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Irish Independent: ‘War’ threat over bid to take lake water

Published: May 21, 2007

RESIDENTS of the midlands have threatened “all-out war” on the capital if officials attempt to take any of their water.

They have warned that any move to pump billions of gallons of water from the State’s largest lake to feed Dublin’s struggling water supply will face a “hard-fought protest”, dwarfing scenes witnessed at the Shell site in Rossport, Co Mayo.

The issue has become so hot that a new group has formed – called the Shannon Protection Alliance (SPA) – to fight any attempt by Dublin City Council to extract up to 127bn litres of water a year from Lough Ree on the Shannon.

“The last great battle of Lough Ree was recorded in 903AD, and we can assure those officials in Dublin that this battle will be fought just as hard,” spokesman PJ Walsh said.

The alliance, made up from 20 bodies – including anglers, boatmen, cruise organisers, vintners, hoteliers and concerned residents – is angry at proposals by Dublin City Council to draw 350m litres of fresh water every day from Lough Ree to feed into the capital by 2016.

The group claims such a large-scale extraction would result in “utter devastation for the Shannon basin and destroy the local economy of at least 10 counties”.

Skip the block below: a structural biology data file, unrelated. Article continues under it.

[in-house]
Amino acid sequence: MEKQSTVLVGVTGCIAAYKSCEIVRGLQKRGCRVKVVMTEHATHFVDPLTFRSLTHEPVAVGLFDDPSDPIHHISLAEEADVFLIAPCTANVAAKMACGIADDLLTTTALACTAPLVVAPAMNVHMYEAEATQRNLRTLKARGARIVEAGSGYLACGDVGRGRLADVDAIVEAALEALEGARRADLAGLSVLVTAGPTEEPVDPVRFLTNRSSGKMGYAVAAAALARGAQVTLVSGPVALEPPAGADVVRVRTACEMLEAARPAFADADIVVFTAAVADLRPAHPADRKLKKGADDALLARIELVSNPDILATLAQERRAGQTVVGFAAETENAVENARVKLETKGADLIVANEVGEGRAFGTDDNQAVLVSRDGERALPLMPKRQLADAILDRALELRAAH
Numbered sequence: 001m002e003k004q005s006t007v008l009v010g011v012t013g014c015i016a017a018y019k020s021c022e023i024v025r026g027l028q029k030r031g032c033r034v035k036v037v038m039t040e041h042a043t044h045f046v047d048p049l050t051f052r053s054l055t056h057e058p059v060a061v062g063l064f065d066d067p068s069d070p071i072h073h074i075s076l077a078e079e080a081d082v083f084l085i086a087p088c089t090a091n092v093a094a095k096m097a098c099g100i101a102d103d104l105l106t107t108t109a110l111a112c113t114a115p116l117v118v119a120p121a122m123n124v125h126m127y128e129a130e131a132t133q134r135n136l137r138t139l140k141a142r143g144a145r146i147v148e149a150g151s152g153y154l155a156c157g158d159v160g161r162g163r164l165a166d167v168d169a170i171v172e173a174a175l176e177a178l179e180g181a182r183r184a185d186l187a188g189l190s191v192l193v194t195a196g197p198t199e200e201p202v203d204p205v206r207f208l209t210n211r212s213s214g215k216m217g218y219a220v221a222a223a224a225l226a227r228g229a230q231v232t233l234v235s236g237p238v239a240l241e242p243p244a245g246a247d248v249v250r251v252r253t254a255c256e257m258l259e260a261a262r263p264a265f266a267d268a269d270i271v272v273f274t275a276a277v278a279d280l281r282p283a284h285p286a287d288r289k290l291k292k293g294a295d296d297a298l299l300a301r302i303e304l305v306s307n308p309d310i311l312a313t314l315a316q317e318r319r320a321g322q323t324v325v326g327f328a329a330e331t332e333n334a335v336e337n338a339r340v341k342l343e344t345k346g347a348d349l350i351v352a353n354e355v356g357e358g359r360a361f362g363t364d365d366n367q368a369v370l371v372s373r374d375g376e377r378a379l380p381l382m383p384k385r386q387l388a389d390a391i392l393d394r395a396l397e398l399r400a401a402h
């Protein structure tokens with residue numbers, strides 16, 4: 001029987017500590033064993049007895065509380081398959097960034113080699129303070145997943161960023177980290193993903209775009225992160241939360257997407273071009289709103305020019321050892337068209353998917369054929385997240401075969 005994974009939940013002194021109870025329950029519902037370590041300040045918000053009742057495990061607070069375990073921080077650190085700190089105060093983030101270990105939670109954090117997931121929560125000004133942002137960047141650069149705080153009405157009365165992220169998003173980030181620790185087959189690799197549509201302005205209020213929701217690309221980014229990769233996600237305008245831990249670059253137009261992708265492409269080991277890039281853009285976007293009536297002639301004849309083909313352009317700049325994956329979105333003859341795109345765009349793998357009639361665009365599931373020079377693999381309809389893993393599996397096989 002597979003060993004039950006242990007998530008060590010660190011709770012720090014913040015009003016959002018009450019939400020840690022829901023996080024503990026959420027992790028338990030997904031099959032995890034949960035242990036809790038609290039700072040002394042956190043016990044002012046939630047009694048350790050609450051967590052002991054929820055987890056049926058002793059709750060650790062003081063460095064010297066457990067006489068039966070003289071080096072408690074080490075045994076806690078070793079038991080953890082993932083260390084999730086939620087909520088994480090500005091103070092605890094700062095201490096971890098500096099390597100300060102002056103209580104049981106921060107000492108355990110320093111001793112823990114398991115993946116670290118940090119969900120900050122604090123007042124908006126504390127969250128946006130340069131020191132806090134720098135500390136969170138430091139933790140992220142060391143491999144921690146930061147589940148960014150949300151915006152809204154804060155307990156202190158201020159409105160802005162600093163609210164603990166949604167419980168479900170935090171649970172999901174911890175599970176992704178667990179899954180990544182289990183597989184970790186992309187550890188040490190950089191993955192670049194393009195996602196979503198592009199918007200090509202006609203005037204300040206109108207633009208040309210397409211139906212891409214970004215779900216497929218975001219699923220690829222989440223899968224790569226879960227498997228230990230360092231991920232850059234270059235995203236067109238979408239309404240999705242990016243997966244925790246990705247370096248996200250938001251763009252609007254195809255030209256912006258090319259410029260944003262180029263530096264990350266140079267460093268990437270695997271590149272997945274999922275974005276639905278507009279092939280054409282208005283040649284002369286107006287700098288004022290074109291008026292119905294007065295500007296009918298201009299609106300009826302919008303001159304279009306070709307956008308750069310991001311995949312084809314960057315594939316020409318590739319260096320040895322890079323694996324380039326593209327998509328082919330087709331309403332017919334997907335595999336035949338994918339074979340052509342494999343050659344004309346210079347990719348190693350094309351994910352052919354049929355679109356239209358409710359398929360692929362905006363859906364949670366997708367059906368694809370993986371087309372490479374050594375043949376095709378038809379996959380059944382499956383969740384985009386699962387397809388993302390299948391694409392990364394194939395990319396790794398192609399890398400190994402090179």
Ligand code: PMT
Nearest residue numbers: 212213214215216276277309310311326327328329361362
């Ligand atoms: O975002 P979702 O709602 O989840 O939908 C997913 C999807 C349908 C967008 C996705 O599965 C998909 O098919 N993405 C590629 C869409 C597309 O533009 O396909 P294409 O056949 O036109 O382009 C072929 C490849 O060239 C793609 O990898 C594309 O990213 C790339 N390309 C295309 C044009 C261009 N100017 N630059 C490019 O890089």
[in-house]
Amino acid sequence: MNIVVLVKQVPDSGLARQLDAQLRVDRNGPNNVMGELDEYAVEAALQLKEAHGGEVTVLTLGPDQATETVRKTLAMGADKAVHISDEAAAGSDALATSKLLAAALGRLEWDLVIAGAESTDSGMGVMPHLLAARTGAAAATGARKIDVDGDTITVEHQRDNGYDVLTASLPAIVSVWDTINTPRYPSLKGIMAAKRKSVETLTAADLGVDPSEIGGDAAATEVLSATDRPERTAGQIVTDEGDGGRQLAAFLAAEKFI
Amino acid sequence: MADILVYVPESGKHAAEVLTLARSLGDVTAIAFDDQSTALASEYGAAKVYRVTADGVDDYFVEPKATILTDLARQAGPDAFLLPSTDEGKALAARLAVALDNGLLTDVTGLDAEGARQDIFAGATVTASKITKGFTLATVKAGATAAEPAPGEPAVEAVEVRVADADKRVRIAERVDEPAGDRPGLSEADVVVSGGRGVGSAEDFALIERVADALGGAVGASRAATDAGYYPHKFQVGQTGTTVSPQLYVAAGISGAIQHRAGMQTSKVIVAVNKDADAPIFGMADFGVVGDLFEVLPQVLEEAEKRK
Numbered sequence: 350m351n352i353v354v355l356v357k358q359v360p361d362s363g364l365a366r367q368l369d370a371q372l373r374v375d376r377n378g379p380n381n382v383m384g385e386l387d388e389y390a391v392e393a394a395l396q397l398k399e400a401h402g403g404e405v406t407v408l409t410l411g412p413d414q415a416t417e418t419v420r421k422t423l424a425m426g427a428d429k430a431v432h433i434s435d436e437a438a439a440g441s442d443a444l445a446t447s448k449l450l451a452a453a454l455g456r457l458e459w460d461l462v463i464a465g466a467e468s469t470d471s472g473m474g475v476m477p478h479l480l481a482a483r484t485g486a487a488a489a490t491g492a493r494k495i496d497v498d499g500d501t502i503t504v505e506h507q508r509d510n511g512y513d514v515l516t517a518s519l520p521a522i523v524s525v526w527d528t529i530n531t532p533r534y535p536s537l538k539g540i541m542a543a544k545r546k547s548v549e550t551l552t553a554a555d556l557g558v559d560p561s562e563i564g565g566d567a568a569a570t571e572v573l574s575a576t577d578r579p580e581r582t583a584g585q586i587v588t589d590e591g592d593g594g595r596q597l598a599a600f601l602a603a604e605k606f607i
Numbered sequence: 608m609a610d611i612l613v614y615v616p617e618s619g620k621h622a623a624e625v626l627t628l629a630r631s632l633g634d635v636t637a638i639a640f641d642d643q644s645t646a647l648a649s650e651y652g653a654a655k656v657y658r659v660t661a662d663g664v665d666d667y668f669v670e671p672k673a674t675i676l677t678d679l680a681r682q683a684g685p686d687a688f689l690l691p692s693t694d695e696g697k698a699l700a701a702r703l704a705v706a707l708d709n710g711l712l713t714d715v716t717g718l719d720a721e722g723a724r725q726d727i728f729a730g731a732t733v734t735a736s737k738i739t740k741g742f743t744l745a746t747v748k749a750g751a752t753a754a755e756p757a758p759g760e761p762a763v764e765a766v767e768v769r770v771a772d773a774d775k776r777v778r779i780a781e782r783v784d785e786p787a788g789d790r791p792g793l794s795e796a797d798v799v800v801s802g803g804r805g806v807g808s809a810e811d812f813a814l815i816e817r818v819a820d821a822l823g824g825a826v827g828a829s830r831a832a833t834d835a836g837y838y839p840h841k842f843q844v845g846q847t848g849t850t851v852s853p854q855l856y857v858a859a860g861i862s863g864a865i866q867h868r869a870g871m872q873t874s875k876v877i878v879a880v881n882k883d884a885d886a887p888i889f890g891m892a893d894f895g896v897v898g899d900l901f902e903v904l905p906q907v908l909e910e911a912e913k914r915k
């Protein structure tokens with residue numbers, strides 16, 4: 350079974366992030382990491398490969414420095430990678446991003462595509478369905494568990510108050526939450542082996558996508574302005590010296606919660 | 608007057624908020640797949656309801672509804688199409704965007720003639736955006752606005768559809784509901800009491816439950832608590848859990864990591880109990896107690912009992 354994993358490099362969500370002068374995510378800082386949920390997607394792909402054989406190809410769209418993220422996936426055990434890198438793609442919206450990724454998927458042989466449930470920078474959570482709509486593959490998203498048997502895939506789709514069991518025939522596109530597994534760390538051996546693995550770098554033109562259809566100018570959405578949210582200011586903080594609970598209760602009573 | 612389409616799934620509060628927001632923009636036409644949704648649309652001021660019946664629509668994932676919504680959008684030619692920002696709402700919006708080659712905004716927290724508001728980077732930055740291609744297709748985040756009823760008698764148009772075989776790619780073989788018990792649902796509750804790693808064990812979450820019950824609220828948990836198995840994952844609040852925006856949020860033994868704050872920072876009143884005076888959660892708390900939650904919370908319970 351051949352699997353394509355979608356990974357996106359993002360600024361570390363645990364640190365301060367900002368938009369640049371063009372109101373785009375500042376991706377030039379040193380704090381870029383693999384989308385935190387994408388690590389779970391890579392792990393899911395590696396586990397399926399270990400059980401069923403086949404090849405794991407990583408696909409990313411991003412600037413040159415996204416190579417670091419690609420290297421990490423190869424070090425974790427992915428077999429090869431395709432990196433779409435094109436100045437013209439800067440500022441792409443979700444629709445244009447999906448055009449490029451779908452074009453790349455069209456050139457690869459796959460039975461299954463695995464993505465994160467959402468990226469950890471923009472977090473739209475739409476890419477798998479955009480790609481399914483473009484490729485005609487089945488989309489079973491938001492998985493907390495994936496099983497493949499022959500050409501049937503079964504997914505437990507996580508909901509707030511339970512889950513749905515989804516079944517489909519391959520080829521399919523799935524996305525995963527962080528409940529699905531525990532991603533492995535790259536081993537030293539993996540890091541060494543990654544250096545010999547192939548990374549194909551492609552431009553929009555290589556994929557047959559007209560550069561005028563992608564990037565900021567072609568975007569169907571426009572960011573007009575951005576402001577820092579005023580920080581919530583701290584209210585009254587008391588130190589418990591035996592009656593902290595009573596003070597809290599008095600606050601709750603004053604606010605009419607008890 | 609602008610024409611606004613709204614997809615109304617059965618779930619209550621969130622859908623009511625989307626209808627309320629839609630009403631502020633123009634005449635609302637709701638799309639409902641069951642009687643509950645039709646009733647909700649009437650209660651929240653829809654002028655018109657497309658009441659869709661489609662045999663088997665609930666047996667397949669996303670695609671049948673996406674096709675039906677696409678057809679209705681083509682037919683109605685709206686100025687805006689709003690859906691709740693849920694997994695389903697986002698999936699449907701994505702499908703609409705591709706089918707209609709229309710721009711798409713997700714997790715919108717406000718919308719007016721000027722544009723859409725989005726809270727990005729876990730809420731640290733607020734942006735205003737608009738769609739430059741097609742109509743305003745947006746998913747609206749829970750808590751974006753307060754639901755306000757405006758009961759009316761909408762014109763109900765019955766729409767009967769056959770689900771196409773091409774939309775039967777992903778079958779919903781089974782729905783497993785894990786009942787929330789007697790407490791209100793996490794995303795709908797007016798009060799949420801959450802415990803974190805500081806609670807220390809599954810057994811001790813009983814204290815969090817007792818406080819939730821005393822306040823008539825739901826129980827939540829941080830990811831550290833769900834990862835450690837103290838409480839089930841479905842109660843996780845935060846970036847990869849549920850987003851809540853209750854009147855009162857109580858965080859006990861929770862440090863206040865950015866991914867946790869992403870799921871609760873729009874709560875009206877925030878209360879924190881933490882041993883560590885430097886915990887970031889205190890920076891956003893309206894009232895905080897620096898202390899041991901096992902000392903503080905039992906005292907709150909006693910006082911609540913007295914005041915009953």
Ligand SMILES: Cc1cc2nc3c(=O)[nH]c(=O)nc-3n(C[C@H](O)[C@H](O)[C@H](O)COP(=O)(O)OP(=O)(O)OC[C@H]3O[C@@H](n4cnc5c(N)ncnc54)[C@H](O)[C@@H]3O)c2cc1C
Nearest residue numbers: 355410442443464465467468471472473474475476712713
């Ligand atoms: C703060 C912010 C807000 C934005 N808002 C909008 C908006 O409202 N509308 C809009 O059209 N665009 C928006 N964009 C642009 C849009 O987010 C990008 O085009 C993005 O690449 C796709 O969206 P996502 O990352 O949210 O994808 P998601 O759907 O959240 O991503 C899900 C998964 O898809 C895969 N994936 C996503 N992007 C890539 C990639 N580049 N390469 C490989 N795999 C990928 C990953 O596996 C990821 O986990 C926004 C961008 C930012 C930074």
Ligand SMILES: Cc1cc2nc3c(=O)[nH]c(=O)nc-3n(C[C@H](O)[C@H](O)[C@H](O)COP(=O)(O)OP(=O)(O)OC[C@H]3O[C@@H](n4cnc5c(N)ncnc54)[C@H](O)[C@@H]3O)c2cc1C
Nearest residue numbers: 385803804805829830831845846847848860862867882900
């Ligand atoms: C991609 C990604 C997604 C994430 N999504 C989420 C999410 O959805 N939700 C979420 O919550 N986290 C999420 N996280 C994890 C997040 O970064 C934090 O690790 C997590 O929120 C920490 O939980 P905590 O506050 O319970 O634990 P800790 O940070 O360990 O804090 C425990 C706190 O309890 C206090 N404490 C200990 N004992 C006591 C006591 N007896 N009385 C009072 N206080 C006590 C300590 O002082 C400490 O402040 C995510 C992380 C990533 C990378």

“This plan would amount to the removal of almost 20pc of the lake’s volume each year,” said Mr Walsh. “No region, economy or eco-system can be expected to endure that kind of impact.

“Hundreds of thousands of people living and working along the Shannon and Lough Ree are going to find themselves in a similar situation to the residents of Rossport, Co Mayo, where large-scale development was introduced by stealth,” said Mr Walsh.

He claims Dublin City Council has already adopted the Lough Ree scheme ahead of the alternative option of desalination of sea water from North Dublin.

Mr Walsh was referring to a report compiled for the city council last May recommending Lough Ree as “the new major water source for the greater Dublin area”.

The report considered both options but concluded that the energy costs and environmental impact of the proposed desalination scheme was too high in comparison with extraction.

“Dublin City Council appears to be taking this plan for granted. Well, it’s not going to happen,” said Mr Walsh.

Tom Leahy, Deputy City Engineer with the Dublin authority, said: “No decision has been made yet on the future sourcing of the capital’s water supply. We are examining two options – extraction from Lough Ree and a desalination programme using sea water.

“An environmental assessment report has recommended the Lough Ree Shannon scheme but we’ve called for a preliminary report before a final decision is made,” he said.

The SPA group has won the backing of election candidates in the region.

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